China Power | Diplomacy | East Asia

U.S.-China Trade War and the Fourth Industrial Revolution

A new era is dawning, presaged by dark clouds between the world’s two leading economies.

Jin Kai
U.S.-China Trade War and the Fourth Industrial Revolution
Credit: Pixabay

The first industrial revolution, which commenced in the second half of the 18th century, was driven in large part by technological innovation — the steam engine. It was a prelude to the “machine age” which unfurled the rule of capitalism, driven by Britain, to the whole world. A century later, the second industrial revolution began. The late 19th century marked the beginning of the “electronic age,” during which the old capitalist countries entered a stage of imperialism. The era witnessed later the fall of Britain and the rise of the United States. The third industrial revolution started after World War II and significantly led human society into the “information age” with computing technology, biotechnology, and information technology. The United States has been an almost unchallenged world leader in both technological innovation and political, economic, and military predominance since.

These industrial revolutions profoundly changed the political and economic landscapes of the world several times by significantly altering the productivity and production relations in and among countries, be they close or far to the core of the revolution. Out of all the impacts and consequences brought by the previous industrial revolutions, there were, of course, large-scale wars among major powers, be they hot or cold. These industrial revolutions ultimately changed the way we perceive, live, and act.

Now, we see the commencement of a fourth industrial revolution, and with the exhilarating innovative combination of virtual technology, quantum technology, and intelligent technology particularly on the basis of high-speed Internet of Things (IoT), the fourth industrial revolution may once again “revolutionize” human’s understanding of the world and itself. This seems to be a reasonably exciting moment for all.

However, returning back to the arena of world politics, dark clouds are gathering, particularly between the world’s two leading economies, China and the United States.  Made in China 2025, a strategic industrial plan issued by the Chinese government in 2015, may ultimately be judged as an iconic event that ignited the fuse of the present U.S. trade war on China. 

As a strategic plan made by a major world economy in the face the fourth industrial revolution, China’s plan has been built on significant achievements realized during the past few decades: China holds one of the most complete industrial systems and supply-chains in the world and its manufacturing industry ranks first in the world in terms of size and total volume. More importantly, China has already become a world leader in nationwide infrastructure and telecommunication “interconnectivity,” and this is particularly important for various innovative industrial applications and appliances in the fourth industrial revolution.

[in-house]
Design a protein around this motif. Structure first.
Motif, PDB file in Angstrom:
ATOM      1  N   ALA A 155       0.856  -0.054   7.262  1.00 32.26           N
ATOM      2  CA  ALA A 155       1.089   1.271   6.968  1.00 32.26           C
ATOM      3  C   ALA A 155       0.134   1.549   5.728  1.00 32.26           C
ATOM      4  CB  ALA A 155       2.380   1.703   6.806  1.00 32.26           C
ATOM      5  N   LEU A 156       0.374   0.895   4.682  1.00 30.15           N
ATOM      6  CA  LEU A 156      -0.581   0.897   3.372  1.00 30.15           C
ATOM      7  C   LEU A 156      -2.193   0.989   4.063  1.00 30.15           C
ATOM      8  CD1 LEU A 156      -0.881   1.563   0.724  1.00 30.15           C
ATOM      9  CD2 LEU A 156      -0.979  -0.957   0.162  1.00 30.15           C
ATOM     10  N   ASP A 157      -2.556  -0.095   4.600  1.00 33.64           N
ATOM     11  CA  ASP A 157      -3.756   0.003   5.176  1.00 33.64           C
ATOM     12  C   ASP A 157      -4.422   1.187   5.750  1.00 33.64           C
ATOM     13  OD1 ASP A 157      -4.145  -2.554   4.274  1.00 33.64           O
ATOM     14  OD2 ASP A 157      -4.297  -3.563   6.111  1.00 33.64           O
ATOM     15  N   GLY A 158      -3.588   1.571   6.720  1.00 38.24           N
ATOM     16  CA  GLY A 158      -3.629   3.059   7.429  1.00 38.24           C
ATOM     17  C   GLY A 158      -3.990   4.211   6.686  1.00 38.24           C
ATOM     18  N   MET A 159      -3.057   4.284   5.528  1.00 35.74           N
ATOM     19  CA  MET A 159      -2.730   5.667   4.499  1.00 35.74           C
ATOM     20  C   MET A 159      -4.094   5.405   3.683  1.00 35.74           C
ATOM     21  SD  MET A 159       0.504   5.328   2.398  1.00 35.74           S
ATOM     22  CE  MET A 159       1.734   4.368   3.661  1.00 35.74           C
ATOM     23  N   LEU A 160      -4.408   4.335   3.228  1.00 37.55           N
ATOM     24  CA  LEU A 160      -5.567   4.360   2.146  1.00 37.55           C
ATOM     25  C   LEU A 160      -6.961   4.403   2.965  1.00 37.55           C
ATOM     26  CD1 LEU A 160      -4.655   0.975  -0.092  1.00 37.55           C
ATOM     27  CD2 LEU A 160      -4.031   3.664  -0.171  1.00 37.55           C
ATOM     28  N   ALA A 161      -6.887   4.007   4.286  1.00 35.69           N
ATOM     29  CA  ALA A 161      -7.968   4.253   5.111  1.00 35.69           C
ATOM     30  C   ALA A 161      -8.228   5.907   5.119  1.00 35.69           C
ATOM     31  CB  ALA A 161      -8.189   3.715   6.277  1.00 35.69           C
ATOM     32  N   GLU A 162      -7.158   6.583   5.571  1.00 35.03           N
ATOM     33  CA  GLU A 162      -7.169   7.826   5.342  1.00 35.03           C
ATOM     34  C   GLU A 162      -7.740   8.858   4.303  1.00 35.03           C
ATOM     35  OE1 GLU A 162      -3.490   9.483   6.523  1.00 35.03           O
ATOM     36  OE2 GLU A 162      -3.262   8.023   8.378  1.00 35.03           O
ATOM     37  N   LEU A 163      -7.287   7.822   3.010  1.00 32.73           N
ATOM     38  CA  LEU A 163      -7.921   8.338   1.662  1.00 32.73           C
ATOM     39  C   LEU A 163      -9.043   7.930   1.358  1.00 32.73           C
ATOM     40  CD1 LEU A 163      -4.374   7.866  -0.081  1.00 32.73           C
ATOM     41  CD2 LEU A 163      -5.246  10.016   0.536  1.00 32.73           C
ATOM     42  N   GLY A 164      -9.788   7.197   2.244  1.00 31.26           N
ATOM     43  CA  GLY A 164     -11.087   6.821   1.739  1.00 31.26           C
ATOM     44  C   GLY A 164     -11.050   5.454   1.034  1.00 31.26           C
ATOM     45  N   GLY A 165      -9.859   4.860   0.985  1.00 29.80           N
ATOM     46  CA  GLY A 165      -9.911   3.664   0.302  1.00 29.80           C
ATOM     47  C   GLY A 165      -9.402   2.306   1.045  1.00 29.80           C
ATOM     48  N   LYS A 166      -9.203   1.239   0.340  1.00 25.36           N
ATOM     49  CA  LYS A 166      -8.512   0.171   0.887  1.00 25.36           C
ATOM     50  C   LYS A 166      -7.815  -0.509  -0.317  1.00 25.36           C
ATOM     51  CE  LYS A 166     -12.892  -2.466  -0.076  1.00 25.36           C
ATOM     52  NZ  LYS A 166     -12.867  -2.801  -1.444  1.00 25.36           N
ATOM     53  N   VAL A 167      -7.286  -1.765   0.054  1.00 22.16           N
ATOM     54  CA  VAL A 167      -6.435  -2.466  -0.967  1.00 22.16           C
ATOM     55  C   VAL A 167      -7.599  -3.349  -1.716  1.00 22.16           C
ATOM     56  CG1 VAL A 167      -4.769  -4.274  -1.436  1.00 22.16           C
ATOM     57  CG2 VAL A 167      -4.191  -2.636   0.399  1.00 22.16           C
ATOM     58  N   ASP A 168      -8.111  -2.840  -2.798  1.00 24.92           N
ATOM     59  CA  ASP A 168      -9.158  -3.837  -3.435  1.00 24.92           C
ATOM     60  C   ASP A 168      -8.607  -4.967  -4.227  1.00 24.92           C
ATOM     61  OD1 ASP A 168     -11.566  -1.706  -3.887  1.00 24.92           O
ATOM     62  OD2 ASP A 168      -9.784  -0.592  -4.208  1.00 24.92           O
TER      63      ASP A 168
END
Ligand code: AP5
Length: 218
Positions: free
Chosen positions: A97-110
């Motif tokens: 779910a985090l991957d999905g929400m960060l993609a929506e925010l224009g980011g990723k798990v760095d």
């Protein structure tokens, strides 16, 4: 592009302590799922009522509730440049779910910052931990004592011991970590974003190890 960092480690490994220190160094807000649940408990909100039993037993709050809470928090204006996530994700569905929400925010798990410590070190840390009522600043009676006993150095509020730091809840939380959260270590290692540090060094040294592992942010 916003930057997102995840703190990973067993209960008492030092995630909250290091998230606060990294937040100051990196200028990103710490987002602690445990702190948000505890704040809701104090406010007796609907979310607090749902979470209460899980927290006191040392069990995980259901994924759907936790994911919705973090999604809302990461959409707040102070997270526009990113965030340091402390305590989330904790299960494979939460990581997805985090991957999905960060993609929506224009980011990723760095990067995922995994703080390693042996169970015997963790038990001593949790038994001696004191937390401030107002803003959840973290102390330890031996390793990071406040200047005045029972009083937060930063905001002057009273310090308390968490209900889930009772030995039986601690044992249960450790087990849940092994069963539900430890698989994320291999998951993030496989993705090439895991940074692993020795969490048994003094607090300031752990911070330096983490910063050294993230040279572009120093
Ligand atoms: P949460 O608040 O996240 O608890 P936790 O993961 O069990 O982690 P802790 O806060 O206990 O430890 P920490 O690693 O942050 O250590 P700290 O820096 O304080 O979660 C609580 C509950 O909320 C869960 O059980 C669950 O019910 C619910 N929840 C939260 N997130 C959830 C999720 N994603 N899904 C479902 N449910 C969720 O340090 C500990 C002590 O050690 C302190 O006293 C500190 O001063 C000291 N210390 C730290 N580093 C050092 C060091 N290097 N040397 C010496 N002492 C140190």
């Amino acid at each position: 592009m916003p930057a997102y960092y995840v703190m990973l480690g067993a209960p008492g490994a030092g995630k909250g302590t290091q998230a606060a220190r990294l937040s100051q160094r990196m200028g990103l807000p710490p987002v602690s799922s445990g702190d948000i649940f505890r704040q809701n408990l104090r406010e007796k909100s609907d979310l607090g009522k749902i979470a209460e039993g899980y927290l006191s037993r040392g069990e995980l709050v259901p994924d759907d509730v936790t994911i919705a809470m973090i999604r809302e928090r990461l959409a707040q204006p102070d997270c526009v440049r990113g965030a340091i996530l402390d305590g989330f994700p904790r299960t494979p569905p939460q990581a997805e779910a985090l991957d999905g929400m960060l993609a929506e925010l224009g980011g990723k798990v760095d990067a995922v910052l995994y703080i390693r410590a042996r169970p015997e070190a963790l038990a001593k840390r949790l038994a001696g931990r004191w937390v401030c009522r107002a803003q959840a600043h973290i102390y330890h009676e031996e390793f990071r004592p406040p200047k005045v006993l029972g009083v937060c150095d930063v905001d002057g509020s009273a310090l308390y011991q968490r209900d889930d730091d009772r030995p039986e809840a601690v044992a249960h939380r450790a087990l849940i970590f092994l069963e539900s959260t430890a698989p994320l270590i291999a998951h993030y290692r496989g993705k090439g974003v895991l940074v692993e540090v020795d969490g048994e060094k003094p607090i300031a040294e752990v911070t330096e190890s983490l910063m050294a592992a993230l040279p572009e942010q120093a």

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These, plus with China’s political and policy coherence and consistency, its infrastructure-building capacity, and its huge consumer market, all are part of the inherent advantages that Beijing holds as it participates in the ongoing fourth revolutionary industrial competition among major powers. Yet, China is still far behind developed countries such as the United States in terms of industrial structure, capacity efficiency, and particularly core technologies and key components. 

That may partially explain why the U.S. trade war with China began with a preemptive and targeted strike on China’s high-tech industry. In fact, China has made surprising quantitative achievements and a number of limited qualitative ones as well (like technological achievements by Huawei and other leading Chinese high-tech companies) in its grand national industrial rise. This, however, might have been a strategically alarming issue for the United States. If China continues to realize more qualitative achievements as it indeed has been trying to do so, then who will be the true leader in the fourth industrial revolution that may once again fundamentally change the political, economic, and social landscape of the world?

The same question may also go to China, in a more specific context: How would China perceive and act in the new era that might be deeply changed by the incoming fourth industrial revolution? At least, “common destiny” may help us understand China’s perception and self-perception in the world – a worldview that respects historical and cultural diversity, and sees and the world as an interconnected and open one. Unfortunately, in the current realist world politics, China’s industrial ambitions and its grand worldview still face significant and enduring challenges. As the U.S. trade war with China escalates, the political and economic landscape of the world is undergoing a series of fundamental changes. A question then remains: What role will the United States continue to play?